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Digital Data from Mineral Investigation of Sangre de Cristo Wilderness Study Area, Alamosa, Custer, Fremont, Huerfano, and Saguache Counties, Colorado, USA

April 21, 2021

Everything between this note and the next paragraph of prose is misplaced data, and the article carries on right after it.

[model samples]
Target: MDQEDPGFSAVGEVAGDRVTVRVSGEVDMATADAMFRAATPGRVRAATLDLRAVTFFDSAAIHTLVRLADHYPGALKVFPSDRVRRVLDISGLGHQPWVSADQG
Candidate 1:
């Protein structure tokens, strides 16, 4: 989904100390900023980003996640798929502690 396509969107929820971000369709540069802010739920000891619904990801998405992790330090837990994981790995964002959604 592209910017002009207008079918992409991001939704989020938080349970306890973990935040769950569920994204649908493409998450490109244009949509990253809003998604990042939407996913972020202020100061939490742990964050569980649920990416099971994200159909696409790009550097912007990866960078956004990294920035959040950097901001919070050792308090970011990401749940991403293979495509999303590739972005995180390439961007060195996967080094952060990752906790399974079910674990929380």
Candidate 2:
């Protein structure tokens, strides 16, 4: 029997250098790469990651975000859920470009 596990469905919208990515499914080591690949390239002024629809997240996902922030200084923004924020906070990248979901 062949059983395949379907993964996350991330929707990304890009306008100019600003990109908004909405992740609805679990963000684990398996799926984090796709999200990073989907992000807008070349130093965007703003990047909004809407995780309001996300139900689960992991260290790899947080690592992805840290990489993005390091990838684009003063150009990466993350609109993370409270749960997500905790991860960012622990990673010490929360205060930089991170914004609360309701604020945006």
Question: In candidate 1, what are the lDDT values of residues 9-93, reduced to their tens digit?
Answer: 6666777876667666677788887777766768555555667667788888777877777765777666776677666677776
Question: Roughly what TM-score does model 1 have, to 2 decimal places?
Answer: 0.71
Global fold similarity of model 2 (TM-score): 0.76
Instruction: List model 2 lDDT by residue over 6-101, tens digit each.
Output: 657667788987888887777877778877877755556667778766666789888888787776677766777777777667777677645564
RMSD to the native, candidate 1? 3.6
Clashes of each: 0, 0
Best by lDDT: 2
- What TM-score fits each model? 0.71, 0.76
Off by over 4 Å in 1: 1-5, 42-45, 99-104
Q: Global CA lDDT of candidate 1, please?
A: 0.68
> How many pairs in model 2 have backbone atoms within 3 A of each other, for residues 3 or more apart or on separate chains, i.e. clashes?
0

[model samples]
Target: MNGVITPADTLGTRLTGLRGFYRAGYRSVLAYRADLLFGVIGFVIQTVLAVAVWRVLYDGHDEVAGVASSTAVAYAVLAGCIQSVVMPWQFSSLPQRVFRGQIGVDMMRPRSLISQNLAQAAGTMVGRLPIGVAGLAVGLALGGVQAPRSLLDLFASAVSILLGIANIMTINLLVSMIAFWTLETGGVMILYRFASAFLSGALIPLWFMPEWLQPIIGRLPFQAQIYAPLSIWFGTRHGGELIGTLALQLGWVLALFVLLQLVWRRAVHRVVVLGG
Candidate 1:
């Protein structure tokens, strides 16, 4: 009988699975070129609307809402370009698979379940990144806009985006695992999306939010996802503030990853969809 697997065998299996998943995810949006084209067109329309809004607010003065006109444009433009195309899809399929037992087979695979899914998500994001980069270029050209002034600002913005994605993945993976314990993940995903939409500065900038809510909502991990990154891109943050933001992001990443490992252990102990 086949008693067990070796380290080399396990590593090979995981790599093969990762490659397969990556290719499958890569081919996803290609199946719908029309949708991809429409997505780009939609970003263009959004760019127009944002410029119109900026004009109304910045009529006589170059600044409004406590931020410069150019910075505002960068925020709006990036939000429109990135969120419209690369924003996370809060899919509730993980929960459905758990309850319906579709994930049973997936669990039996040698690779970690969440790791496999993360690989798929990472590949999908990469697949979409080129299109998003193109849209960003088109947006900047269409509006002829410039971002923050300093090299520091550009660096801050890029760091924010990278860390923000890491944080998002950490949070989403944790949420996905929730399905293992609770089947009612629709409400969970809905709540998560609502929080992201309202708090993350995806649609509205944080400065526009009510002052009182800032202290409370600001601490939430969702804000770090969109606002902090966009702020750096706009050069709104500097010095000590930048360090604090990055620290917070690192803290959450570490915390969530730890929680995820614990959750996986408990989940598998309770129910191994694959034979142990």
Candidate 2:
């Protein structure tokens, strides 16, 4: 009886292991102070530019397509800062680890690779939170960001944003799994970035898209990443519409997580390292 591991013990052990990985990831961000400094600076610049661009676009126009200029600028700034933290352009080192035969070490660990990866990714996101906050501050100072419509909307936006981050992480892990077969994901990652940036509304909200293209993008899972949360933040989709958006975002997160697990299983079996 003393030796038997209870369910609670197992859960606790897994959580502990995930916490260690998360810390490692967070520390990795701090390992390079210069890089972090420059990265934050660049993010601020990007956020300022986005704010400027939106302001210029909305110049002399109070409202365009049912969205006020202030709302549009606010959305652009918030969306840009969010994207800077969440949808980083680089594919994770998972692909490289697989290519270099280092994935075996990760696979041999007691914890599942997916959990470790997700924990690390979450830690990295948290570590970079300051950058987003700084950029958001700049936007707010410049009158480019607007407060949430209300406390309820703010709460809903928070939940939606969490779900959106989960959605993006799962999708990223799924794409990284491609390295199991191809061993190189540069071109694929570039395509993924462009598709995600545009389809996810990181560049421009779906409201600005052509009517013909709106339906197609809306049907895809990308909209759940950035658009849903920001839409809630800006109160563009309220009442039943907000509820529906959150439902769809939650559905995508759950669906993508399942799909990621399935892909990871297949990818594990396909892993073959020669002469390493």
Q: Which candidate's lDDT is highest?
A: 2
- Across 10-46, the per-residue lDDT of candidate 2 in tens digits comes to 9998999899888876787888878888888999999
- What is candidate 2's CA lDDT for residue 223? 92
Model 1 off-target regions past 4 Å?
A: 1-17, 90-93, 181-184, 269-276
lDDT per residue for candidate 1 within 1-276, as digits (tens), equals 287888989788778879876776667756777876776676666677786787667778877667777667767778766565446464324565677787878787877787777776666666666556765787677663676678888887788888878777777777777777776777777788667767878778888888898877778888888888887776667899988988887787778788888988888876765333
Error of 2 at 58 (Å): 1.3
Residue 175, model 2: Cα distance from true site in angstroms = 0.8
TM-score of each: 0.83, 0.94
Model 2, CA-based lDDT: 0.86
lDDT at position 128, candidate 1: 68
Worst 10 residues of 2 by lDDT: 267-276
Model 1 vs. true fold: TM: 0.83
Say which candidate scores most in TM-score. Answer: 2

This Data Release provides tabular and geospatial data digitized by the U.S. Geological Survey (USGS) from a U.S. Bureau of Mines (USBoM) report titled Mineral Investigation of Sangre de Cristo Wilderness Study Area, Alamosa, Custer, Fremont, Huerfano, and Saguache Counties, Colorado. The original preliminary paper report, numbered Mineral Land Assessment 65-83 (MLA 65-83; Ellis and others, 1983), presented the results of a mineral resource potential survey of areas in and around the Sangre de Cristo Range flanking the northeastern extent of San Luis Valley in south-central Colorado. Included in this Data Release are georeferenced scans of the regional plate maps, digitized sample site locations, analytical chemistry, and structural geologic data from MLA 65-83 in a modern and searchable geospatial database. In addition to the maps and associated point locations, the dataset contains 1,262 rows and 58 columns of contextual and numeric information in the main data table, as well as a table describing 97 samples excluded from the MLA report, a table of summary deposit information, a table of USBoM inventory data for the prepared and stored rock samples, and geospatial boundary data of the Sangre de Cristo Wilderness, Wilderness Study Area (WSA), and mineralized sampling areas. Prospecting, claiming, and some mining of largely polymetallic precious- and base-metal veins occurred in the Sangre de Cristo Range from the late 1800s through the early 1930s, with sporadic prospecting and some mining through the late 1980s (Ellis and others, 1983). Many of the vein networks are found along the western side of the mountains that are bounded by the Sangre de Cristo normal fault, a principal structure delineating a major segment of the Rio Grande rift. There also are mines along the crest and the northeast side of the range such as the Rita Alta copper mine. However, the locations of many claims, prospects, and mines were hand located on topographic and mine maps without modern spatial coordinate data and there were few analytical chemistry data available with properly associated geologic context. As a mandated component of the 1964 Wilderness Act, the USGS and USBoM were charged with identifying and assessing mineral resources in Federal lands known as Wilderness Study Areas (WSA; for example, Johnson and others, 1984). The Sangre de Cristo WSA included the mountainous areas from Poncha Pass in the north to the Blanca Peak area in the south. Approximately 75 to 85 percent of the study area was covered by aerial photographic inspection and sites were visited by Ellis and others (1983) as access allowed. One thousand three hundred and ten samples were fire assayed for gold and silver and spectrographically analyzed for 40 other elements including copper, lead, molybdenum, tungsten, and uranium. Select samples were also analyzed for specific elements by various other state-of-the-art analytic methods of the time: copper, lead, and molybdenum by atomic absorption, tungsten by colorimetry, and uranium by fluorimetry. Integration of mapping, field characterization, mineralogical, and chemical data resulted in the identification of 18 more or less distinct mineralized areas. Sample locations and a variety of site and mine maps were compiled and integrated into the MLA 65-83 report along with extensive tabulation on paper with all data organized by mineralized area. Most of the study area was ultimately designated as Wilderness in 1980 and the unique sand dunes and associated watersheds on the western side of the central portion of the range, originally designated Great Sand Dunes National Monument in 1932, were redesignated as a National Park and Preserve in 2004. During the late 1990's and 2000's the USGS completed extensive research in the Rio Grande Rift (for example, Hudson and Grauch, 2013) including the Sangre de Cristo Mountains and adjacent San Luis Valley. Much of the work focused on interpretation of new geophysical data and new geologic mapping as well as new analyses of mineralized areas and associated geologic structures. Overall, the absolute age, petrogenetic, and metallogenic affinities of the mineralized areas are poorly understood. However, some combination of magmatic, hydrothermal, structural, chemical, and fluid-related processes all contributed to the formation of the Sangre de Cristo mineral system. The digital data and information provided in this Data Release allows for public access to the information contained in the archived paper data record, report, and plates. This publication is useful in developing a better understanding of the geologic and tectonic framework, occurrences and controls on mineralization, and other Earth resources such as groundwater. References Cited Above Ellis, C.E., Hannigan, B.J., and Thomson, J.R., 1983, Mineral Investigation of Sangre de Cristo Wilderness Study Area, Alamosa, Custer, Fremont, Huerfano, and Saguache Counties, Colorado: U.S. Bureau of Mines Mineral Land Assessment preliminary report MLA 65-83, 190 p., 2 plates. Hudson, M.R., and Grauch, V.J.S., 2013, Introduction, in Hudson, M.R., and Grauch, V.J.S., eds., New Perspectives on Rio Grande Rift Basins: From Tectonics to Groundwater: Geological Society of America Special Paper, v. 494, p. v-xii, https://doi.org/10.1130/SPE494. Johnson, B.R., Lindsey, D.A., Ellis, C.E., Hannigan, B.J., and Thompson, J.R., 1984, Mineral Resource Potential of the Sangre de Cristo Wilderness Study Area, South-central Colorado: U.S. Geological Survey Miscellaneous Field Studies Map MF-1635-A and Pamphlet, 13 p., https://doi.org/10.3133/mf1635A.